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I want to create some Webdriver tests to test my Java web application but I'm not sure whether they should live inside another project or if they should live inside my web application project.

I also want to run these Webdriver tests from my Hudson CI server upon every commit to my SVN repository - would this be a standard practice?

I don't think it matters too much but I would like to know what other people do?

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3 Answers 3

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It is a good practice to separate your project and Selenuim tests, especially if you are planning to run them in Hudson. This is because such tests will run for a long time and you would like to keep your build running fast.

So you should create separate project with tests and run it after your main project completed - it all can be set up in Hudson. An you can setup your project to be build after each commit, however you should read related Hudson documentation

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We have a big enterprise application written in Java and Gwt, so lots of JS on the client.

We tried in the past to use selenium to test it, but we never did more than some smoke tests because of the complexity and fragility of it.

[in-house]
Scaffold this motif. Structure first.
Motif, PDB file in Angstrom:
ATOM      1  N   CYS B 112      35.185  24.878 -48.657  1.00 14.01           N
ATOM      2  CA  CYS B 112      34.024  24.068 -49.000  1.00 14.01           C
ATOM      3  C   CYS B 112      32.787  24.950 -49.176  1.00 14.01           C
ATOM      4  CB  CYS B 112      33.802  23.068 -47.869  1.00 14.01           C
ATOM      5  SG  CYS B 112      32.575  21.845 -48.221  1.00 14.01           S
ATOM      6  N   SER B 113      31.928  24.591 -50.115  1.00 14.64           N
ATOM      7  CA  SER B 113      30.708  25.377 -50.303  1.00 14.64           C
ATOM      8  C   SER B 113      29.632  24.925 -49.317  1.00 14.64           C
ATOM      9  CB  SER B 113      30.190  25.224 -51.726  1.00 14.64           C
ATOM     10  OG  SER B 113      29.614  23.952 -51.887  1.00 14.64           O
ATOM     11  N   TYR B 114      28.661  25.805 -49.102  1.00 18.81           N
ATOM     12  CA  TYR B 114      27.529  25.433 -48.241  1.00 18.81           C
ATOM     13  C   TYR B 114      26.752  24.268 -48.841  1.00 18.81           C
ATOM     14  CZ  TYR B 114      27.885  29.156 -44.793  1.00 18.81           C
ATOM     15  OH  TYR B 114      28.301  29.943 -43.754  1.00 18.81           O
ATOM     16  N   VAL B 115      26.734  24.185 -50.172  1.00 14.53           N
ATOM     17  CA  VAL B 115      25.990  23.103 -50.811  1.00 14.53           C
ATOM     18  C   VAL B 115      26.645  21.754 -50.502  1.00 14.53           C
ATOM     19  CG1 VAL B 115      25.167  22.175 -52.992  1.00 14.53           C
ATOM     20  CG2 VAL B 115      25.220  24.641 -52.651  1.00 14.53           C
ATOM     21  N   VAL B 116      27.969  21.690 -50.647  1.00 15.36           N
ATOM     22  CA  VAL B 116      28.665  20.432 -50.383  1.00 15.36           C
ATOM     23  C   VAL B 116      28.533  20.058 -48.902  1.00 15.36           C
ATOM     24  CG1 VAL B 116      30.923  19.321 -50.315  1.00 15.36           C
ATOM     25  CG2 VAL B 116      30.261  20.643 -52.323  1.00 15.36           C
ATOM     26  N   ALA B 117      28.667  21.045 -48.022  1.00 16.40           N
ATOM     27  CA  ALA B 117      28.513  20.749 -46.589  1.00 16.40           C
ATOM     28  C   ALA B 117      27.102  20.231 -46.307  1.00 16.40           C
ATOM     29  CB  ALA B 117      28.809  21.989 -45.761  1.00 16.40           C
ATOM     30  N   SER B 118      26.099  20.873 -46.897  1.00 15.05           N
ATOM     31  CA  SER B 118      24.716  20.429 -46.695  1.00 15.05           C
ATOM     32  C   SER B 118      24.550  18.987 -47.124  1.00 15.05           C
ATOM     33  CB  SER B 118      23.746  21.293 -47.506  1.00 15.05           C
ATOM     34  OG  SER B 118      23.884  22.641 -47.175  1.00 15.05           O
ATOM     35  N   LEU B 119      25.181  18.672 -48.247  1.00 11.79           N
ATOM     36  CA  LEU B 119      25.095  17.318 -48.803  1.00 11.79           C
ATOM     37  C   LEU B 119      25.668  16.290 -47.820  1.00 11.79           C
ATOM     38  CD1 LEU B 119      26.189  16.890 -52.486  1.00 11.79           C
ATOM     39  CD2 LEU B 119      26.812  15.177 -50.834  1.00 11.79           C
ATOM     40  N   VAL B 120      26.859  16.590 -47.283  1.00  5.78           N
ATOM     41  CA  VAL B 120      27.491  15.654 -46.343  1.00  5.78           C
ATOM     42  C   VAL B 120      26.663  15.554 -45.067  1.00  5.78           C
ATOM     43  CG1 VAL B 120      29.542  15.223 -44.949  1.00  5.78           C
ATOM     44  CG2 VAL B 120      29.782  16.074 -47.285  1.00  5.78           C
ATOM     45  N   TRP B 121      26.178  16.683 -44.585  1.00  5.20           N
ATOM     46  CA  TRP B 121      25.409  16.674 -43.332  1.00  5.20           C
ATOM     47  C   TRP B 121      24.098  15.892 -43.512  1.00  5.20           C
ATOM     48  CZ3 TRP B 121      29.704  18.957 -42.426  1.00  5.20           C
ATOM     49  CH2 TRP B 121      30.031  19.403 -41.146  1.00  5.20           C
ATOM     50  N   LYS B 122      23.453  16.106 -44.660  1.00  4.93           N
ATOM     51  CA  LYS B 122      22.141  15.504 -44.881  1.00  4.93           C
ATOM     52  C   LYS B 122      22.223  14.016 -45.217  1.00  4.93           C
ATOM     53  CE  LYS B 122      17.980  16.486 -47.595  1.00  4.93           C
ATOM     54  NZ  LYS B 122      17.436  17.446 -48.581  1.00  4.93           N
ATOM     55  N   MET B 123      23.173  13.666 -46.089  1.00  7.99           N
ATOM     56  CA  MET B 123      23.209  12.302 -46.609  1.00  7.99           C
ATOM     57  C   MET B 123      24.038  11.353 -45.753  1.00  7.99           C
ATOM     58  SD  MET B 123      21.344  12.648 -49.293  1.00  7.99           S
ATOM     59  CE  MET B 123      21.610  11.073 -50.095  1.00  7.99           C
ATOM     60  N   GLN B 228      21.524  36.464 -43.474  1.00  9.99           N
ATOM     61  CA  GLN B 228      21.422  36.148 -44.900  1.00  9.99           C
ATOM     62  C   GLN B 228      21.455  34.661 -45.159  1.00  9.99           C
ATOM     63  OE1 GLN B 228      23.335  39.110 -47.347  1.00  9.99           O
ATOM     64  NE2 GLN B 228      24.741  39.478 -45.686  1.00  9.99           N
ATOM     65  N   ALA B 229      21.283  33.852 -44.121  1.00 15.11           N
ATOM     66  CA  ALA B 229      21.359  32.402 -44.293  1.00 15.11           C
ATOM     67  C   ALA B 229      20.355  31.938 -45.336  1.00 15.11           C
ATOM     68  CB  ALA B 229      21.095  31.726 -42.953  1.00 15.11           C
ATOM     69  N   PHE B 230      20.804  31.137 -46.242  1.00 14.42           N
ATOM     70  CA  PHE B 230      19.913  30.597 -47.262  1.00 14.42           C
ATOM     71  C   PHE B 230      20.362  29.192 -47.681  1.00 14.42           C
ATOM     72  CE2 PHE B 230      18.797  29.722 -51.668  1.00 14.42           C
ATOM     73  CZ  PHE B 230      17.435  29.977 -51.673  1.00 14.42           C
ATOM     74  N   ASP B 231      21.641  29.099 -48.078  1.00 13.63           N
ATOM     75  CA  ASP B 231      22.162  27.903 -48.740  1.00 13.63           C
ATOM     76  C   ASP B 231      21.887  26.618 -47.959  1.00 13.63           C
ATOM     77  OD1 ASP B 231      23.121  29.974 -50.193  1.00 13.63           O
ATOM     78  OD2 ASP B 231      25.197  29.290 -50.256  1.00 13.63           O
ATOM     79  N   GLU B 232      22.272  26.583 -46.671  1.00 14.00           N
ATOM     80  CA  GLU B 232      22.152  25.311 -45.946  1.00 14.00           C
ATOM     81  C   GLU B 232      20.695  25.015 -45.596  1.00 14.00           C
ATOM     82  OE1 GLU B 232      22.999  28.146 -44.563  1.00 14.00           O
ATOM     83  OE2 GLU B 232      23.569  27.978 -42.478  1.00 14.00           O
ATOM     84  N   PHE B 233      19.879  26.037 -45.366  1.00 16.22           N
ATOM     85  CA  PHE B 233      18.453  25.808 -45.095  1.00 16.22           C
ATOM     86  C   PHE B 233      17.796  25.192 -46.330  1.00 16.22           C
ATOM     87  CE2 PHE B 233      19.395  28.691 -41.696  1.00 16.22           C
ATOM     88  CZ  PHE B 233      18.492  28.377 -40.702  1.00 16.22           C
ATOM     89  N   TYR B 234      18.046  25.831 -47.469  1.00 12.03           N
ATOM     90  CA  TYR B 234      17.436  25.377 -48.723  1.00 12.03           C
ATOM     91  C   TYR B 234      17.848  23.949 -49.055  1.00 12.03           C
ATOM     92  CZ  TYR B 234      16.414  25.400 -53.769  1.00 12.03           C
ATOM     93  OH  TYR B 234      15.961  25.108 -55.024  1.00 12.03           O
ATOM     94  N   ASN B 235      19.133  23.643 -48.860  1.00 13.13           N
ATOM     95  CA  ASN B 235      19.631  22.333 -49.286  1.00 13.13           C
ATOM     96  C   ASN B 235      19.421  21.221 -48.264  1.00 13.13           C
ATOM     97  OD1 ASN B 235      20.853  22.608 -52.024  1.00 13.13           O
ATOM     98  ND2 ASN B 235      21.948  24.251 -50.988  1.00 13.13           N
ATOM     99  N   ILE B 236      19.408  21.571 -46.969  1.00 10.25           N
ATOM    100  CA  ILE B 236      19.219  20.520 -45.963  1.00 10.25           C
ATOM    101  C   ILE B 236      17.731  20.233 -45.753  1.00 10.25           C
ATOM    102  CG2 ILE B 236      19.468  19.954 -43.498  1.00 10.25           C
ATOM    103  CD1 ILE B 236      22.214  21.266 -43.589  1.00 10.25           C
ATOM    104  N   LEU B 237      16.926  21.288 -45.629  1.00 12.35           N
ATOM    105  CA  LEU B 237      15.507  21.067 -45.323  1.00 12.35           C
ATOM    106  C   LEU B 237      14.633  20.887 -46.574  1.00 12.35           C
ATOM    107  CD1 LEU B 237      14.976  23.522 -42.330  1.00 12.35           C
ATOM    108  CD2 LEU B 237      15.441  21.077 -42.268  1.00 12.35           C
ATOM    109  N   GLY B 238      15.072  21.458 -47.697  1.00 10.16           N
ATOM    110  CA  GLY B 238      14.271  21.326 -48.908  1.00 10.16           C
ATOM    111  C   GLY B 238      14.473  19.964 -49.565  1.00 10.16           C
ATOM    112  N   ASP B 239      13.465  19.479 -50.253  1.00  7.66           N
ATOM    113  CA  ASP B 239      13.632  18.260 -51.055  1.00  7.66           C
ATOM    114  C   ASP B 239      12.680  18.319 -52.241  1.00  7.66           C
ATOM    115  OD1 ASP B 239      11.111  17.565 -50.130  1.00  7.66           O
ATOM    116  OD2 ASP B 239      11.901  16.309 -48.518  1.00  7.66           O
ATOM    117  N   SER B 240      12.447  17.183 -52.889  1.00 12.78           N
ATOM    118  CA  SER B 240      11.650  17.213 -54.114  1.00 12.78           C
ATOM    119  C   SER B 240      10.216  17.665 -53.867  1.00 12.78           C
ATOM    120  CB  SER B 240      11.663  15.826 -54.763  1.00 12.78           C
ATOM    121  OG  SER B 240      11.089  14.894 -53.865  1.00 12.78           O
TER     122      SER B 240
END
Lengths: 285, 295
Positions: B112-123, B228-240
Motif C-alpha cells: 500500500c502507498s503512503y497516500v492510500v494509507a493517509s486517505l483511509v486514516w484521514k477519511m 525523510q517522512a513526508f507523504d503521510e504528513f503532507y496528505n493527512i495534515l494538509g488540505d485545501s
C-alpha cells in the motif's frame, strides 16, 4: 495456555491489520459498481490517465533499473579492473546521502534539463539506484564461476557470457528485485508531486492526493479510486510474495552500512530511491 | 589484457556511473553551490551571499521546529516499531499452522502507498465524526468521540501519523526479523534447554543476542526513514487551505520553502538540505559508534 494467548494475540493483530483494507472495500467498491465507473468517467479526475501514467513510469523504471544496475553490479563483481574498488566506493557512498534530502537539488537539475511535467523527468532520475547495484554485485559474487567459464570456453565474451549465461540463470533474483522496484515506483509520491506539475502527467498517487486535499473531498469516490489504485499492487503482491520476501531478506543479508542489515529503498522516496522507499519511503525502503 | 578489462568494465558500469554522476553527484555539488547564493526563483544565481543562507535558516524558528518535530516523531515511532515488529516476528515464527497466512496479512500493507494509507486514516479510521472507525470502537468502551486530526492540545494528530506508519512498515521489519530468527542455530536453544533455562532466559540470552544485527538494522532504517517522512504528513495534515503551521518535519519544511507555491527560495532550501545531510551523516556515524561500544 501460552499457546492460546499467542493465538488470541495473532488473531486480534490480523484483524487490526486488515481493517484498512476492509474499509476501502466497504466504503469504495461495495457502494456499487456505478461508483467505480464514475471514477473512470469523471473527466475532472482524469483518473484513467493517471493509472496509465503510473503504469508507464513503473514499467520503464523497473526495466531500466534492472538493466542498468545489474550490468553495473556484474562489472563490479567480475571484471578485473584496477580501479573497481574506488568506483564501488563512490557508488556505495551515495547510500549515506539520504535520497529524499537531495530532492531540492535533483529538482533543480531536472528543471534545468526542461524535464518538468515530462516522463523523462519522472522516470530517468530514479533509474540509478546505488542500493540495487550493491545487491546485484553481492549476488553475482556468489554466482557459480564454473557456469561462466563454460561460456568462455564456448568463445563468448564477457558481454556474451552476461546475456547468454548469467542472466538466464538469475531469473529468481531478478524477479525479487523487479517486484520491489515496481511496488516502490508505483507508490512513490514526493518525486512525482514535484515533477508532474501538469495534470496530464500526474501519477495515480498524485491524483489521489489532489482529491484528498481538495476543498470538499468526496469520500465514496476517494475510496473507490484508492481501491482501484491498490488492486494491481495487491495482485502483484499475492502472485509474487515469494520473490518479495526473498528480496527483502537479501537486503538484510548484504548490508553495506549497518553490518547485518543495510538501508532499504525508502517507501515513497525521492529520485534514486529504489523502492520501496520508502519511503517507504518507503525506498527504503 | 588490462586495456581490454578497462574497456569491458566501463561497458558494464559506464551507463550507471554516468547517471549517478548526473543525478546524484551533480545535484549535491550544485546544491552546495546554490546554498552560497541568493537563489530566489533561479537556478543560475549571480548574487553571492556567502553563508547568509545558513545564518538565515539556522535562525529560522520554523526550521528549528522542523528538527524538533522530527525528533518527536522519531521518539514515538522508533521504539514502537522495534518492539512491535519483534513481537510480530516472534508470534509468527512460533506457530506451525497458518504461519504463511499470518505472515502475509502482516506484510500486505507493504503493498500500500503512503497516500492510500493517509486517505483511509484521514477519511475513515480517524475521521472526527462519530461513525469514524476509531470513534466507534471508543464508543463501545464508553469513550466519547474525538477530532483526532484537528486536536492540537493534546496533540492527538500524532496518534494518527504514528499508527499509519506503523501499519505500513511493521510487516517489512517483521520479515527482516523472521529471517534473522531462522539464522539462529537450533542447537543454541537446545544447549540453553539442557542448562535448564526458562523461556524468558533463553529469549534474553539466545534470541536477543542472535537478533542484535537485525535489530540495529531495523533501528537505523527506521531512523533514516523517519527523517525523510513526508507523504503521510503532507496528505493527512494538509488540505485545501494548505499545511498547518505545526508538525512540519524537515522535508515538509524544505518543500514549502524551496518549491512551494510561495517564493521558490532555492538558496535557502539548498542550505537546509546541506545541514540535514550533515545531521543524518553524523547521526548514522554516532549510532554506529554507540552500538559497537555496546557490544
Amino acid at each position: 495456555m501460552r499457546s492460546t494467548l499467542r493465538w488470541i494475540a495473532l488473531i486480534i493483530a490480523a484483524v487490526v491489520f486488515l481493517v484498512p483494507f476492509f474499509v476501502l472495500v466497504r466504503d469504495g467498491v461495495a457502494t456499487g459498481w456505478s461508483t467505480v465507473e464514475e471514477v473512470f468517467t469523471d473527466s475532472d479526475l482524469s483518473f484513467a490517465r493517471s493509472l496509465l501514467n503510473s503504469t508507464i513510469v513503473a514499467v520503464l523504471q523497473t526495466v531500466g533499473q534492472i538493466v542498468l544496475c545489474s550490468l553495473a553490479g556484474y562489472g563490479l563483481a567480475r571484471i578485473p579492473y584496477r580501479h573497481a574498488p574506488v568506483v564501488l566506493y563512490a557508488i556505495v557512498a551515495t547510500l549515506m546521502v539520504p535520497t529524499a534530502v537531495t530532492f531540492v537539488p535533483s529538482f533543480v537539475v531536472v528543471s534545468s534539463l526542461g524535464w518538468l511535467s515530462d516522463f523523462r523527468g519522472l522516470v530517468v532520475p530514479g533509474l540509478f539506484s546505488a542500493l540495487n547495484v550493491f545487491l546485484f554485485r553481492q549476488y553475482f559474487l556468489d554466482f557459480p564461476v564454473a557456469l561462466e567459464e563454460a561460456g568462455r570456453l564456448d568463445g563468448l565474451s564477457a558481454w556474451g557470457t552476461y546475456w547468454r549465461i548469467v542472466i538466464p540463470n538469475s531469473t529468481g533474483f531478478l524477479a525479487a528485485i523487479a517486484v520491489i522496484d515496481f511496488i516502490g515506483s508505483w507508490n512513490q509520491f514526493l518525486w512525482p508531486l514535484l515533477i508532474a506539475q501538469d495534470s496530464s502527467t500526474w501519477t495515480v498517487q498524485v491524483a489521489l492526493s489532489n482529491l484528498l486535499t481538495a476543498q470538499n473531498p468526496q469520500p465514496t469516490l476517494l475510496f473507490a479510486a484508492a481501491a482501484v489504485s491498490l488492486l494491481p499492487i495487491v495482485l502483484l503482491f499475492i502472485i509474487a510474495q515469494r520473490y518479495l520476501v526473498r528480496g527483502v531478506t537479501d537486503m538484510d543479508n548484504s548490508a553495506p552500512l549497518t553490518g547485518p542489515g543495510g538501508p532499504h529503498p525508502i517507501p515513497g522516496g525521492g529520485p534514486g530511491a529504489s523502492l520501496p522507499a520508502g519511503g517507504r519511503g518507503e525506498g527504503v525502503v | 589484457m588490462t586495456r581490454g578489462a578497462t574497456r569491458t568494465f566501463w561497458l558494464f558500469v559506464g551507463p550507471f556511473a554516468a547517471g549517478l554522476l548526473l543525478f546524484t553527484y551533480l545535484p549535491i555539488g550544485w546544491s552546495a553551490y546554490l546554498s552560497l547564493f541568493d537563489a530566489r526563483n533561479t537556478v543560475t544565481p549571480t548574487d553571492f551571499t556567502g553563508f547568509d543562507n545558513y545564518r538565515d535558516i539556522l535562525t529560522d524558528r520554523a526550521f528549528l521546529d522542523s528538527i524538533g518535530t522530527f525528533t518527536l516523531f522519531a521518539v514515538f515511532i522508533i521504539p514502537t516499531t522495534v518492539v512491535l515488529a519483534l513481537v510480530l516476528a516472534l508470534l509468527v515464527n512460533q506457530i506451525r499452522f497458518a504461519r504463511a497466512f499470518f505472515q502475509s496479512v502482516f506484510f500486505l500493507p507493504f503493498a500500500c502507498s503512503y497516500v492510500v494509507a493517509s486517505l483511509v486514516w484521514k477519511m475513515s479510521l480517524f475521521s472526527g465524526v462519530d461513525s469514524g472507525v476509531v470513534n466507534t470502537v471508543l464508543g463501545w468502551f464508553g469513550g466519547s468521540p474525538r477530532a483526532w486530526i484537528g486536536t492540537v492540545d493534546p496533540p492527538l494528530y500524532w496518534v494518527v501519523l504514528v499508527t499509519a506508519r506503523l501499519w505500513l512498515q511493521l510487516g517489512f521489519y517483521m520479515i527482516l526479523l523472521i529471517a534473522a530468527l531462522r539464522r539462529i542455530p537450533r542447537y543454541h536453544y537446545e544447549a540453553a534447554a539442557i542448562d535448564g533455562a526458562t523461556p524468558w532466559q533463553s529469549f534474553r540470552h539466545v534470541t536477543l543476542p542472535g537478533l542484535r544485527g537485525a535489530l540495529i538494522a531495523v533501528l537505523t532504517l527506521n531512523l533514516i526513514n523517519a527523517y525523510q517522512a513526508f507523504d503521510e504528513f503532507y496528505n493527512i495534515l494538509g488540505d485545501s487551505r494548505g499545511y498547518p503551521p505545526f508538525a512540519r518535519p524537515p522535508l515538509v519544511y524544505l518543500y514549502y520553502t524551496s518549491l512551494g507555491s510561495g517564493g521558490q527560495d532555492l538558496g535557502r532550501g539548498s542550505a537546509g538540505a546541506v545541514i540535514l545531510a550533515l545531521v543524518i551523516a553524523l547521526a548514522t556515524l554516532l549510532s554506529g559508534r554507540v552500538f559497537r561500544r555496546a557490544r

Now we started a completed UseCases Scenario testing with cucumber+watir+webdriver. Tests are written in Ruby and Gherkin (cucumber DSL) and run against our application. We integrated that with Hudson and we have nice screenshots for any errors (and soon also .avi)

So far QA and BA people are enthusiast, and the developing effort already repaid itself considering the saving on retesting features manually compared to run the suite and going for a coffee. ;)

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If you are making tests for an ASP.NET application with controls that are re-used for different pages, it might make sense to make a class for each control, rather than page. But normally you would want to make each class specific to a page. And keep your page to it's services/features, not what's happening in the code.

This is a good overview. http://code.google.com/p/selenium/wiki/DesignPatterns

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